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Where Birds Sleep

Dear Diane: I just about freeze when I go out to fill my bird feeders. And I wonder where the birds go at night. Why don't
they freeze to death? —Tiffany D., Portland, OR

It is pretty amazing, that a wild bird whose whole body is an inch thick can preserve enough warmth to survive a winter night. How do they do it?

Dead TreeHole up!

A bird that finds a place to take some of the sting out of the weather wins a bird a better chance of surviving a cold night.

Birds who normally nest in cavities aren't afraid of the dark hole. Bluebirds, chickadees, nuthatches, titmice, kestrels, and screech owls are a few of the birds who will go into a hole in a tree to stay warm. Sometimes many birds will crowd into one hole, sharing their body heat.

Dead trees can save birds' lives on cold nights. TIP: this is a good reason to leave snags standing, as long as they are not a threat to life, limb, and your house. Even dead branches on living trees are valuable for their holes.

There are better things than a perfectly neat yard. One of those better things is a yard full of bluebirds, chickadees, nuthatches, titmice, kestrels, and screech owls!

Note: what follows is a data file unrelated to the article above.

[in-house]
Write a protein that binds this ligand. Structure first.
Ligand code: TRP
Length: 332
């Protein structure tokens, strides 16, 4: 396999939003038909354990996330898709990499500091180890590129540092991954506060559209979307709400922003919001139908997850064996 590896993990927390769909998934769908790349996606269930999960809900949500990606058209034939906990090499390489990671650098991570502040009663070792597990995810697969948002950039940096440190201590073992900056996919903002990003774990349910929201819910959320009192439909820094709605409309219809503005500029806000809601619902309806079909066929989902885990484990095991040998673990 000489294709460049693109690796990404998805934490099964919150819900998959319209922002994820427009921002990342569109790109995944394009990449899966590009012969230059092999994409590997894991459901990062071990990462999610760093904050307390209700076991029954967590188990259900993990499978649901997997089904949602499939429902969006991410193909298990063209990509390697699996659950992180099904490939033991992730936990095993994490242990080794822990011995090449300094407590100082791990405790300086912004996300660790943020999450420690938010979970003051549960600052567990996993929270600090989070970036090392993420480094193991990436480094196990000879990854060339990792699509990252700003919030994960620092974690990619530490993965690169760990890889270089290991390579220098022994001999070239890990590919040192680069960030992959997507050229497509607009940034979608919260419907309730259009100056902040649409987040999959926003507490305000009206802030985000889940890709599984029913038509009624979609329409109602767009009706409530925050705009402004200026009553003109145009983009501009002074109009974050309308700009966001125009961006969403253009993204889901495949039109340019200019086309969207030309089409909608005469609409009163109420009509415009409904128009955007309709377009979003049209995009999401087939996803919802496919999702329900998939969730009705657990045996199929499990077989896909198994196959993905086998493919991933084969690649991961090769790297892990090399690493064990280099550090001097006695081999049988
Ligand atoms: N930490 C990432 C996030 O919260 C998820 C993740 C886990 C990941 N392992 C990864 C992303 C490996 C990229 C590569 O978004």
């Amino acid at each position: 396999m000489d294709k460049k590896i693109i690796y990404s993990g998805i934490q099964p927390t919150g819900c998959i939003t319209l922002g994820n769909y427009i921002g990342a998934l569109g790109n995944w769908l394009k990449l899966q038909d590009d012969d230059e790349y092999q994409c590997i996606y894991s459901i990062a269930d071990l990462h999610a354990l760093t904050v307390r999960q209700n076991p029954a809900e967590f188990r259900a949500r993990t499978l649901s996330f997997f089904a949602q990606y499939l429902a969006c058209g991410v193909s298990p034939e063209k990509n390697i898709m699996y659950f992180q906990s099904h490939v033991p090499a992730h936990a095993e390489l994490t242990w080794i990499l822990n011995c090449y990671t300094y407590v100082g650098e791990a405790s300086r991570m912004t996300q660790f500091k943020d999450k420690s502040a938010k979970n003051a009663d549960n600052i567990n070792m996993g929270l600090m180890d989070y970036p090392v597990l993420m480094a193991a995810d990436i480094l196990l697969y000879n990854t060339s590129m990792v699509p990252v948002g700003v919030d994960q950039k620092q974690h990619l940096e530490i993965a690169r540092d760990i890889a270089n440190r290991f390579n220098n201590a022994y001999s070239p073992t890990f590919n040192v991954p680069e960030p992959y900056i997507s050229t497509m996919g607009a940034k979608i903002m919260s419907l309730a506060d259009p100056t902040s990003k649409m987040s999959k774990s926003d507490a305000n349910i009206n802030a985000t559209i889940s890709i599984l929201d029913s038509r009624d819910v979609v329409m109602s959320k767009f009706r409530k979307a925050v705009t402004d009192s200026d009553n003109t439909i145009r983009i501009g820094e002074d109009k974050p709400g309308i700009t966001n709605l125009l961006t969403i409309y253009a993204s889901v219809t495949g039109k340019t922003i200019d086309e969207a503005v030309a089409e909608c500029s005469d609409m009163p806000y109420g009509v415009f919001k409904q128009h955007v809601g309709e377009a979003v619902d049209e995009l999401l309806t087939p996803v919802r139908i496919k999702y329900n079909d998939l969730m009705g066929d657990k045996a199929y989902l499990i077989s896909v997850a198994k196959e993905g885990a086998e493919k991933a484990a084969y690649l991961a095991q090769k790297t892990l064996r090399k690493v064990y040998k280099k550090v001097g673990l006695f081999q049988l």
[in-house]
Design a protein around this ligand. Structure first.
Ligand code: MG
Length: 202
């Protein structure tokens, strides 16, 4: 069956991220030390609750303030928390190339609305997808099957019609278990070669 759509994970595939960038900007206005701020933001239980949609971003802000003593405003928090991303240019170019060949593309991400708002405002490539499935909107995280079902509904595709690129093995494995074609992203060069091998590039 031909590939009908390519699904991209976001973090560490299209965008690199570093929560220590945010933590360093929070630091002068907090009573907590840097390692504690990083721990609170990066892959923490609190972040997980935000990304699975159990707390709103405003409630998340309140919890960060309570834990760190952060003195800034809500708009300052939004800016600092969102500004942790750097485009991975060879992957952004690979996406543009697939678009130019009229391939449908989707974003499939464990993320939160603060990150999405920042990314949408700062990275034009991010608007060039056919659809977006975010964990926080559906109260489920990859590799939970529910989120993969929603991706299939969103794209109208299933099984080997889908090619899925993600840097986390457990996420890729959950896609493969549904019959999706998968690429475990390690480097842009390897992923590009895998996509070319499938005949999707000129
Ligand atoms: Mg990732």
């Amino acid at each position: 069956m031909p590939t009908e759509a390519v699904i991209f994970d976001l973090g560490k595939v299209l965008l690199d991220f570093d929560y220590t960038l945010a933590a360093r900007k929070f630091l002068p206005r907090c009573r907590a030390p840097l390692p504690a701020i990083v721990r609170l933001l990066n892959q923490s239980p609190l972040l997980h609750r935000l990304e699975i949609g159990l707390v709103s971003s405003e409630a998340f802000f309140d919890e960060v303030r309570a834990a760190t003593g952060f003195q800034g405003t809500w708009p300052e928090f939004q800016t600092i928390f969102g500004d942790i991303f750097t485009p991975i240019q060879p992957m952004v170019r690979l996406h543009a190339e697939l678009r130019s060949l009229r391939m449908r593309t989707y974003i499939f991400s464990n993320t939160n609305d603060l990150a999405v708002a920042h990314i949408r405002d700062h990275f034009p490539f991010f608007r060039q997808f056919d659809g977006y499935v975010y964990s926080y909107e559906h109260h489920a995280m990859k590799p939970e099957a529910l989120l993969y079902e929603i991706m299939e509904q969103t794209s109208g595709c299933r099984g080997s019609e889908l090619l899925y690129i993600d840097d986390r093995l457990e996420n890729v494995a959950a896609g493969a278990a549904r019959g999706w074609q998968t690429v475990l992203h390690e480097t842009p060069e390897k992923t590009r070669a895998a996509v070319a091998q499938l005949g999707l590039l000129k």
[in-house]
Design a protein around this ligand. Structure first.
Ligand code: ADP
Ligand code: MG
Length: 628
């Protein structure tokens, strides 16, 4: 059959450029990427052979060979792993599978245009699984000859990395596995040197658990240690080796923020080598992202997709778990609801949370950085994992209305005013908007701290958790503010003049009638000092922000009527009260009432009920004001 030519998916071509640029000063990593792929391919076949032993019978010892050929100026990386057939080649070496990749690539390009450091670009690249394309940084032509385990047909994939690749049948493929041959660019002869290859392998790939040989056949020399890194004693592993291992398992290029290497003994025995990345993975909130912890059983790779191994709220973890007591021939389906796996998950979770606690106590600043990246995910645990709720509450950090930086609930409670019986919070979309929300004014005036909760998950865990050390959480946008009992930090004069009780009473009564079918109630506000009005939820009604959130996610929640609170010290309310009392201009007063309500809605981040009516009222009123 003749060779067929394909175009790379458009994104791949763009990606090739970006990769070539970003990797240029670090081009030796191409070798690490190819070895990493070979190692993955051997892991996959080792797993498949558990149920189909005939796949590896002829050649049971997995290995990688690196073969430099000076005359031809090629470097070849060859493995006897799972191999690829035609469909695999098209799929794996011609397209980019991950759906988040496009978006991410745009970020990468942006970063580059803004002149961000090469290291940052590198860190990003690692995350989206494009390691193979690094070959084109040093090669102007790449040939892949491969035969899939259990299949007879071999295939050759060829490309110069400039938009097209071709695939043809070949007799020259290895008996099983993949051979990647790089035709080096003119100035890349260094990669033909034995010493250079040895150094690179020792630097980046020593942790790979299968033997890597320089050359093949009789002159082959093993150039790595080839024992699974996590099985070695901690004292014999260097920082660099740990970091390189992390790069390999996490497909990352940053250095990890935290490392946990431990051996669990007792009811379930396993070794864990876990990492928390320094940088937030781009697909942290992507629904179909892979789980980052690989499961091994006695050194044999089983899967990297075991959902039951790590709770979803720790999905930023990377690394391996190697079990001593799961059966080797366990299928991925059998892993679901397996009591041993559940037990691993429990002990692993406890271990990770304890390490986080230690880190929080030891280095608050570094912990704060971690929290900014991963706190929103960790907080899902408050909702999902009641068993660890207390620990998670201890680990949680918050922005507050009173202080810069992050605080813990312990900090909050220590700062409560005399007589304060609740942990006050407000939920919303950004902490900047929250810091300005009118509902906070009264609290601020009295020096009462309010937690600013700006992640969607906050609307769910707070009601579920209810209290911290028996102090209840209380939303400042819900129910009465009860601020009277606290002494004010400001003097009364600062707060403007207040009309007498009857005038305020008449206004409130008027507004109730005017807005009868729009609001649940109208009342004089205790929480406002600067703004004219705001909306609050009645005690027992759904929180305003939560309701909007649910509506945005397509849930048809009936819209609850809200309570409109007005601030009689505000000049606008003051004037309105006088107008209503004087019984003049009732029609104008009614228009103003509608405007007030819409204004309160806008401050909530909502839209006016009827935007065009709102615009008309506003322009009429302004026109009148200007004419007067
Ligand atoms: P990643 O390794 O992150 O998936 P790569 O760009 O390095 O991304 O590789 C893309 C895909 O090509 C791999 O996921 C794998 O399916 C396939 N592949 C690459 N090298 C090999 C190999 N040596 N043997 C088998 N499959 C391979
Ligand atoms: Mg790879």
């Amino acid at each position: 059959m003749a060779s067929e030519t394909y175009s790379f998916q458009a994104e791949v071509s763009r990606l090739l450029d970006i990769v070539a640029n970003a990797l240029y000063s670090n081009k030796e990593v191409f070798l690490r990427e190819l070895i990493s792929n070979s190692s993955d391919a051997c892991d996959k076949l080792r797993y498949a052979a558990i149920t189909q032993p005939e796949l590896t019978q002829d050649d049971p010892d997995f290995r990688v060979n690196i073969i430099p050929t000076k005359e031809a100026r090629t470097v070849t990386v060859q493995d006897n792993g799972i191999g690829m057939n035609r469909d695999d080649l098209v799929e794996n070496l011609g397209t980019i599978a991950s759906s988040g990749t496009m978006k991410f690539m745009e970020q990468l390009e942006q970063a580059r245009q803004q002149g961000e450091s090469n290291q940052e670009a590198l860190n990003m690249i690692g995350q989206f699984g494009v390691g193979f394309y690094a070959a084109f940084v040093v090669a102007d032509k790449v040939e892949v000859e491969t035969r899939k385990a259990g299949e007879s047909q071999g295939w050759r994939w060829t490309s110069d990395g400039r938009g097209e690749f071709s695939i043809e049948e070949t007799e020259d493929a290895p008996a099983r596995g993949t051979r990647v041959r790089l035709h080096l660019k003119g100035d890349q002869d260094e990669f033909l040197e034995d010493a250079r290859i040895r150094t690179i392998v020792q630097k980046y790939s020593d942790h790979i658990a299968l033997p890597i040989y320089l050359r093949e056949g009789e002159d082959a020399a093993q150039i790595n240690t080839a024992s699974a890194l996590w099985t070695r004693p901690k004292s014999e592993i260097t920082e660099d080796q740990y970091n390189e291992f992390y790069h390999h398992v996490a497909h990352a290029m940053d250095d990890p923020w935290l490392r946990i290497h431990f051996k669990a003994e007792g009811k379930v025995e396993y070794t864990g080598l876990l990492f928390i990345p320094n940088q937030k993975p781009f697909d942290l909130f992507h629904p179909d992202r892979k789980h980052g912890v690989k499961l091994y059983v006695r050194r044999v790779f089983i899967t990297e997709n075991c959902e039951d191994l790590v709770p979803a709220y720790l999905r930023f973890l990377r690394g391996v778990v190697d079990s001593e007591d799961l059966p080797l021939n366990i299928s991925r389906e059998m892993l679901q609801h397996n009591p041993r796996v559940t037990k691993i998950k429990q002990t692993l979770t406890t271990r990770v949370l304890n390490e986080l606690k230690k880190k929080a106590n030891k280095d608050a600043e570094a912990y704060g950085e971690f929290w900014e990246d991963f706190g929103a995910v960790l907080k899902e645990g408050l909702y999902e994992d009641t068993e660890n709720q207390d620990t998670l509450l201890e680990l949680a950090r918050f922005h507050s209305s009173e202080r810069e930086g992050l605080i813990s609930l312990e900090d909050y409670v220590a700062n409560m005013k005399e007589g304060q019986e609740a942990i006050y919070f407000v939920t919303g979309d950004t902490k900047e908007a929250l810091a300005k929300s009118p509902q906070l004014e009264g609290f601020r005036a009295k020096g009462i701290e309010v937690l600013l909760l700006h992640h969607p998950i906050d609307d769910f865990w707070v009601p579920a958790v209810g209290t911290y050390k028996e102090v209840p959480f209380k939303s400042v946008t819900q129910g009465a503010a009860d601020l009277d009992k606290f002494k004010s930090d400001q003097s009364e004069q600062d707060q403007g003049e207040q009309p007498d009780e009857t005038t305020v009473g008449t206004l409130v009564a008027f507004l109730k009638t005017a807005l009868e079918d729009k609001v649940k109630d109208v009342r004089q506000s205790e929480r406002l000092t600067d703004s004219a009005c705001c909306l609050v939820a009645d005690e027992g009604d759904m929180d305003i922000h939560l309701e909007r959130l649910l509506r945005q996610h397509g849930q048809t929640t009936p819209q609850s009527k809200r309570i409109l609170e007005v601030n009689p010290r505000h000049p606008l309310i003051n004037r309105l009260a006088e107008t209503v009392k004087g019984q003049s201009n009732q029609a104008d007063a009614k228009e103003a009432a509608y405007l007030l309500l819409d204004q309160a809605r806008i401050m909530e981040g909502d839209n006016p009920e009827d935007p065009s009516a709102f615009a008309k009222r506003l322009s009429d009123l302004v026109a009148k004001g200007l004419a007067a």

Get in the thick of it

CedarMany birds won't go in a hole, no matter how cold it is. But they still need shelter. As evening comes on, such birds are looking for someplace out of the wind.

Evergreens fill the bill, as a bird can slip deep into the tree. Especially evergreens with thick foliage, which will block wind, rain, and snow. Groups of evergreens are better yet.

Snowy BrushEven loose a pile of brush can offer a night's protection, when snow covers it and makes chambers inside. This is often the choice of sparrows and other birds who habitually feed on or near the ground.

This year Michael and I left a field unmowed at Birdwatching Dot Com in fall, because we enjoyed the natural look of the grasses bending under their loads of seeds. We've received a wonderful gift that we weren't even expecting. Every day we see flocks of American tree sparrows and dark-eyed juncos feeding on the grass heads.

I'm sure that some birds are spending nights in the shelter of those grasses, under roofs of snow. And the seeds that the birds ate before dark will help keep them warm.

That brings us to another part of the birds' strategy for surviving winter nights: fuel.

Stoke the fires before going to bed

Birds need to fuel their bodies with calories before facing a night of fasting. That's why bird feeders become busy places on a late afternoon, especially when the weather is very cold. Food is warmth. It's like logs in the fireplace.

So I try to make time to refill any feeders that are running out of food in the afternoon. I want to make sure every bird who comes to my yard looking for a meal before night will find the nourishment it needs.

I guess that's another bird feeding tip.

— Copyright 2008 Diane Porter

— Pictures copyright 2008 Michael and Diane Porter

Birdwatching Dot Com

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